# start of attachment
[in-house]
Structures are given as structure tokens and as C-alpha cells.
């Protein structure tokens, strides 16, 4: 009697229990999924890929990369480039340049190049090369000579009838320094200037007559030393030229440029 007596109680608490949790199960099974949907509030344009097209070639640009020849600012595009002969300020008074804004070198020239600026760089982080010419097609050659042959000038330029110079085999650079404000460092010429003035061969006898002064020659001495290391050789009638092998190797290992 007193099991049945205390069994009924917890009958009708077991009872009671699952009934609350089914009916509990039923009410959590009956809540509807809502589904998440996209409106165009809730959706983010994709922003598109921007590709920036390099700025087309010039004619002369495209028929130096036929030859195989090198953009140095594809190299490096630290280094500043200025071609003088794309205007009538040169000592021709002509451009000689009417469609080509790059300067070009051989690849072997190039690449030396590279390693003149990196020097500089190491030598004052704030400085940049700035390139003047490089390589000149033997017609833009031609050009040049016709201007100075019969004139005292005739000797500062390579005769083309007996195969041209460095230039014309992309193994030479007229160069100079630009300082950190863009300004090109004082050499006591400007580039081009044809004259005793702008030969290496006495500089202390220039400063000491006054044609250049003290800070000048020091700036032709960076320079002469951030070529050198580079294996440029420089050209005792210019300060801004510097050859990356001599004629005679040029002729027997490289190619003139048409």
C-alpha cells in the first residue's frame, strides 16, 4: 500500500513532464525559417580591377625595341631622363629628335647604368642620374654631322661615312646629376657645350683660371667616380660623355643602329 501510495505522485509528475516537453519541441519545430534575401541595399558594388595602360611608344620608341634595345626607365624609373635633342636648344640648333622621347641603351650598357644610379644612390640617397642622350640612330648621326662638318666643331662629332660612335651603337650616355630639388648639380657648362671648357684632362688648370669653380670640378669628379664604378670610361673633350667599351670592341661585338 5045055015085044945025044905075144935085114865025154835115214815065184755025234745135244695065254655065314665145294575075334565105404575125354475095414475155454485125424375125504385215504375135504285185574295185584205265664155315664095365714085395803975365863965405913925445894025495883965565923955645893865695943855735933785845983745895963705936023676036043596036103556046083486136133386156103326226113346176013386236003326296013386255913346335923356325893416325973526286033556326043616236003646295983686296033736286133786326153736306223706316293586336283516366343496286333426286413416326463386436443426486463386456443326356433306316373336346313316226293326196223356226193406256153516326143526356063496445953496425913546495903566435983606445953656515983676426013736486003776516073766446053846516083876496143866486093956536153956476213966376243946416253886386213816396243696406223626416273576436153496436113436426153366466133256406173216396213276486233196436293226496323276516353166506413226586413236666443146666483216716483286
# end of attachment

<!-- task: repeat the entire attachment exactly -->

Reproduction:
[in-house]
Structures are given as structure tokens and as C-alpha cells.
């Protein structure tokens, strides 16, 4: 009697229990999924890929990369480039340049190049090369000579009838320094200037007559030393030229440029 007596109680608490949790199960099974949907509030344009097209070639640009020849600012595009002969300020008074804004070198020239600026760089982080010419097609050659042959000038330029110079085999650079404000460092010429003035061969006898002064020659001495290391050789009638092998190797290992 007193099991049945205390069994009924917890009958009708077991009872009671699952009934609350089914009916509990039923009410959590009956809540509807809502589904998440996209409106165009809730959706983010994709922003598109921007590709920036390099700025087309010039004619002369495209028929130096036929030859195989090198953009140095594809190299490096630290280094500043200025071609003088794309205007009538040169000592021709002509451009000689009417469609080509790059300067070009051989690849072997190039690449030396590279390693003149990196020097500089190491030598004052704030400085940049700035390139003047490089390589000149033997017609833009031609050009040049016709201007100075019969004139005292005739000797500062390579005769083309007996195969041209460095230039014309992309193994030479007229160069100079630009300082950190863009300004090109004082050499006591400007580039081009044809004259005793702008030969290496006495500089202390220039400063000491006054044609250049003290800070000048020091700036032709960076320079002469951030070529050198580079294996440029420089050209005792210019300060801004510097050859990356001599004629005679040029002729027997490289190619003139048409």
C-alpha cells in the first residue's frame, strides 16, 4: 500500500513532464525559417580591377625595341631622363629628335647604368642620374654631322661615312646629376657645350683660371667616380660623355643602329 501510495505522485509528475516537453519541441519545430534575401541595399558594388595602360611608344620608341634595345626607365624609373635633342636648344640648333622621347641603351650598357644610379644612390640617397642622350640612330648621326662638318666643331662629332660612335651603337650616355630639388648639380657648362671648357684632362688648370669653380670640378669628379664604378670610361673633350667599351670592341661585338 5045055015085044945025044905075144935085114865025154835115214815065184755025234745135244695065254655065314665145294575075334565105404575125354475095414475155454485125424375125504385215504375135504285185574295185584205265664155315664095365714085395803975365863965405913925445894025495883965565923955645893865695943855735933785845983745895963705936023676036043596036103556046083486136133386156103326226113346176013386236003326296013386255913346335923356325893416325973526286033556326043616236003646295983686296033736286133786326153736306223706316293586336283516366343496286333426286413416326463386436443426486463386456443326356433306316373336346313316226293326196223356226193406256153516326143526356063496445953496425913546495903566435983606445953656515983676426013736486003776516073766446053846516083876496143866486093956536153956476213966376243946416253886386213816396243696406223626416273576436153496436113436426153366466133256406173216396213276486233196436293226496323276516353166506413226586413236666443146666483216716483286